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A conspiracy for the whole family

The British royal family obviously aren’t strangers to media coverage.

Indeed, the late Prince Philip is widely credited with cultivating a closer, if still arm’s length, relationship with the press after Queen Elizabeth II ascended to the throne in the early 1950s, starting with him successfully advocating for the televising of her coronation – a ceremony the hoi polloi previously hadn’t been privy to much of at all.

For the majority of the time since, the royals have adroitly managed their press appearances to shore up their relevance in the eyes of their ‘subjects’.

Of course, the Windsors’ relationship with the media has had its ups and downs over the years – not least during the bust-up of Princess Diana’s marriage to the then-Prince Charles and its aftermath – but for the most part, a delicate détente has been maintained.

Given its recent fraying, this now appears to have largely been the result of an enduring respect for Queen Elizabeth II and the sense of comforting continuity her long reign provided.

Absent the late queen, that forelock-tugging respect has appeared increasingly absent, with a visible decrease in deference exacerbated first by the highly public schism between Harry and the rest of ‘The Firm’ and now seemingly in overdrive due to the ‘disappearance’ of Kate Middleton, the Princess of Wales.

Of course, Kensington Palace did announce the princess had to have abdominal surgery two months ago and that she’d be out of the public eye until around Easter as a result. But since then, what appear to be unforced public relations errors on the part of the palace have served to fuel the flames of speculation about her health and wellbeing, rather than dampen them down.

The revelation a photograph released on Mother’s Day of the princess with her three children had been digitally altered – and, in an unprecedented move, was rejected by global news agencies as a result – is without a doubt the worst of these, prompting a number of questions that would’ve otherwise presumably gone unasked. If she’s really well on the way to recovery, why release a fake photo? Is she in a much worse state than claimed? And so on, and so forth.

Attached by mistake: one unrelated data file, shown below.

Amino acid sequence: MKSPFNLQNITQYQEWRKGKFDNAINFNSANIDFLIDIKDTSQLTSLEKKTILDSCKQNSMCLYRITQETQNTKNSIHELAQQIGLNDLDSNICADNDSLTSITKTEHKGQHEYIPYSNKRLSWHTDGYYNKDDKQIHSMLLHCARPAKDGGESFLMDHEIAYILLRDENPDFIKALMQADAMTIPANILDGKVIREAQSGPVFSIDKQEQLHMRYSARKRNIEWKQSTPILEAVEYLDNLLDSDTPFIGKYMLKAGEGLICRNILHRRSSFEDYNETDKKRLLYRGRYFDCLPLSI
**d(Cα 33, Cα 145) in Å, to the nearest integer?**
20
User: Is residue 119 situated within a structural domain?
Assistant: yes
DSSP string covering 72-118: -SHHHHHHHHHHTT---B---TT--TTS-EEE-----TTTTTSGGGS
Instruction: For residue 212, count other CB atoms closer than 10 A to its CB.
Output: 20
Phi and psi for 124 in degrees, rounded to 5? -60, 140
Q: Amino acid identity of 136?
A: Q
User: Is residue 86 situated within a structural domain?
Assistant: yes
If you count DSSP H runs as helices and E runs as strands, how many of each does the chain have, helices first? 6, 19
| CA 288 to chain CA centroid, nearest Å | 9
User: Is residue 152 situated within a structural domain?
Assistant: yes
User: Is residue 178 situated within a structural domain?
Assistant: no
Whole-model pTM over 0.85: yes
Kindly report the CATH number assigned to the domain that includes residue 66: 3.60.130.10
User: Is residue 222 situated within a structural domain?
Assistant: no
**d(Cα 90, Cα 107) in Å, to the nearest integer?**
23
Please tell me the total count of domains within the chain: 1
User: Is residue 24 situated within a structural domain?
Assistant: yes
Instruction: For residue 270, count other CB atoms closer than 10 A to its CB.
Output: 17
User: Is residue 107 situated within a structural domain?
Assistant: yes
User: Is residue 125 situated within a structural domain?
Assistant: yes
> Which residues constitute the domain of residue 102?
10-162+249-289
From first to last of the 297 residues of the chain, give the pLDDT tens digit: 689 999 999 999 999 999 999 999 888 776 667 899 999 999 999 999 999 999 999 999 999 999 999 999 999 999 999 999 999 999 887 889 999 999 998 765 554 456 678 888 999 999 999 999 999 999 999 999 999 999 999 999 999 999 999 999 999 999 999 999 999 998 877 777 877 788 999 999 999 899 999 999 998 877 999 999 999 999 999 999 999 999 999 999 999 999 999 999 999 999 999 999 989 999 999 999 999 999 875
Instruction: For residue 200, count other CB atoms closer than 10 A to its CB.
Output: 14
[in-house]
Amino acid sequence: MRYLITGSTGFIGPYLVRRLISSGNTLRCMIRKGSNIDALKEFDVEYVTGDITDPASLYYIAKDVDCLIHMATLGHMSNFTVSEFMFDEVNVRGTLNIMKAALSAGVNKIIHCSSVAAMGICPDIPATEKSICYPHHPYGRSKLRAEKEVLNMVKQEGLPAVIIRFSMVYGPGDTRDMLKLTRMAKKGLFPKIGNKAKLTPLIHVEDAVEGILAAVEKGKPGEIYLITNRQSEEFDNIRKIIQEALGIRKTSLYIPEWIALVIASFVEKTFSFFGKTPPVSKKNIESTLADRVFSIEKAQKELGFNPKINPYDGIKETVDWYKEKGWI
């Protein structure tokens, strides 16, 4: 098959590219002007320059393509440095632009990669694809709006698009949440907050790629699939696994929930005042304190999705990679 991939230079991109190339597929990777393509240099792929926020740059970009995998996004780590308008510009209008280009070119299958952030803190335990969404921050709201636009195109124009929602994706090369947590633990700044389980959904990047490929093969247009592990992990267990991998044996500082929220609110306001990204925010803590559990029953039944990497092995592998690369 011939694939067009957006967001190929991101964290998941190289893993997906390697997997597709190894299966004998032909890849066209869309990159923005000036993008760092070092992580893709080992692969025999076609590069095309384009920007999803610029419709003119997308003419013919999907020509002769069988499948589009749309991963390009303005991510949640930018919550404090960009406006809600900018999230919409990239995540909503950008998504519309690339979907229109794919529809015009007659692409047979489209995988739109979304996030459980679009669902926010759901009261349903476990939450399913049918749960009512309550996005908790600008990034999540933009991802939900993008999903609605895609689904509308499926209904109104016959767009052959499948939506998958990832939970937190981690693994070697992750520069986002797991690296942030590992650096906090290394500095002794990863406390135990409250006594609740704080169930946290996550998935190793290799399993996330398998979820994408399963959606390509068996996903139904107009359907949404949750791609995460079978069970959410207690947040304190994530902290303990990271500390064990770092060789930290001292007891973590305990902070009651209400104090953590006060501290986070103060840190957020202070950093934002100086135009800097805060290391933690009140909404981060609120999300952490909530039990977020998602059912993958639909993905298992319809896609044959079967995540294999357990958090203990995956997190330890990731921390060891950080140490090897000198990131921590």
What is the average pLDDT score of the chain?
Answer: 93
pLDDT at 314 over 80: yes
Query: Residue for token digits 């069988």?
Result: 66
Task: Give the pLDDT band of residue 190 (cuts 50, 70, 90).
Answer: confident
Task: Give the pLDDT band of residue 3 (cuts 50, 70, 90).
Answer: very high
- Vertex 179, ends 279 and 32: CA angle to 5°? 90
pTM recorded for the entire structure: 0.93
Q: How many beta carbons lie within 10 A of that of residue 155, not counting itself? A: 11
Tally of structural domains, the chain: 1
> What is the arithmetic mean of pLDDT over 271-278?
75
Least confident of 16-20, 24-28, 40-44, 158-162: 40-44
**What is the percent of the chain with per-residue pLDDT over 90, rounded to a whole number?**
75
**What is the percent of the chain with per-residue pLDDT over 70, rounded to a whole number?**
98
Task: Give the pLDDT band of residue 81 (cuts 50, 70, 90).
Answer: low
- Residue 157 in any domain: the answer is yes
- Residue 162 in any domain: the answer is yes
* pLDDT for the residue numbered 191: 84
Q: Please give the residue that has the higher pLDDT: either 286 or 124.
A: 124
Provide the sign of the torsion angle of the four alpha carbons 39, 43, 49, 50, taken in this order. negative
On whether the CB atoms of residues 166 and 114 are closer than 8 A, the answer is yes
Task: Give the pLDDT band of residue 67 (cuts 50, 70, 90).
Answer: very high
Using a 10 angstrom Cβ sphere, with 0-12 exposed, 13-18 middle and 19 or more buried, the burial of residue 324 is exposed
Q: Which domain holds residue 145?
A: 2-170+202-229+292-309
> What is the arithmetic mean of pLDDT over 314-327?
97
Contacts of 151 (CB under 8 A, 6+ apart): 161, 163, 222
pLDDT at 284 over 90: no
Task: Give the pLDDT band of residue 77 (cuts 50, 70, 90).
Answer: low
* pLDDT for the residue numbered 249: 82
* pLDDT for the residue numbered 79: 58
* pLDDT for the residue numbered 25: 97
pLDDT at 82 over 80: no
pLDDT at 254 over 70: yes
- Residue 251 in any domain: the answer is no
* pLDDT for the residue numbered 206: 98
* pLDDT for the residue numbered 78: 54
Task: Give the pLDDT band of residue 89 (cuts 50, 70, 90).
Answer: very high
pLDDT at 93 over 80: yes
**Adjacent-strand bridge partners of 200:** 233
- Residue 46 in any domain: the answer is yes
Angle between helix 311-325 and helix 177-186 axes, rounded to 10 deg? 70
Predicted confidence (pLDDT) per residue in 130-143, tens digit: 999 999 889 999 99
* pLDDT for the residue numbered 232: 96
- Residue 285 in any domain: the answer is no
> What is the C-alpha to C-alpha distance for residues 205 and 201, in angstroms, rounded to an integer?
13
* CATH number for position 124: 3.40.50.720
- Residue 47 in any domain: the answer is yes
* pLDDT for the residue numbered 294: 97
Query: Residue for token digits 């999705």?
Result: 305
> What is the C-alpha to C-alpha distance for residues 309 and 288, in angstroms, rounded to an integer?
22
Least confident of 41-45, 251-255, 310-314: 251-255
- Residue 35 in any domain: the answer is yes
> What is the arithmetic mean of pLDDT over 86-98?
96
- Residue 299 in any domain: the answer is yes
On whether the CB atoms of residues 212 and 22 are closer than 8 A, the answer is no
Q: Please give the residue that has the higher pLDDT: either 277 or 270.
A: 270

Suspicions of … something … thus aroused, a couple of more recently released photos that appear to show, respectively, Kate with her mum and husband have since also been greeted with scepticism – cyber sleuths on the case claiming they are old photos or have been altered.

The announcement a month ago that King Charles has cancer and his subsequent temporary retirement from public duties also appears to have unsettled many – which is hardly surprising, given the main function of the royals appears to be serving as some kind of psychic security blanket for an infantilised population.

All things considered, the especially outrageous conspiracy theories now doing the rounds on the internet – the Wales are getting divorced due to Prince William’s wayward ways, for example – are almost uncertainly untrue. But ultimately, who knows? And who cares?

Well, apparently many people do, although this writer isn’t one of them, despite admitting to a long fascination with the British royals.

That’s not due to any adoration, mind you, but a profound puzzlement about why – in an era that’s apparently all about equality and equity and dismantling privilege – a family whose claim to authority rests pretty much entirely on antiquated ideas about eugenics should still exercise such influence.

Maybe now is the moment to reassess that?

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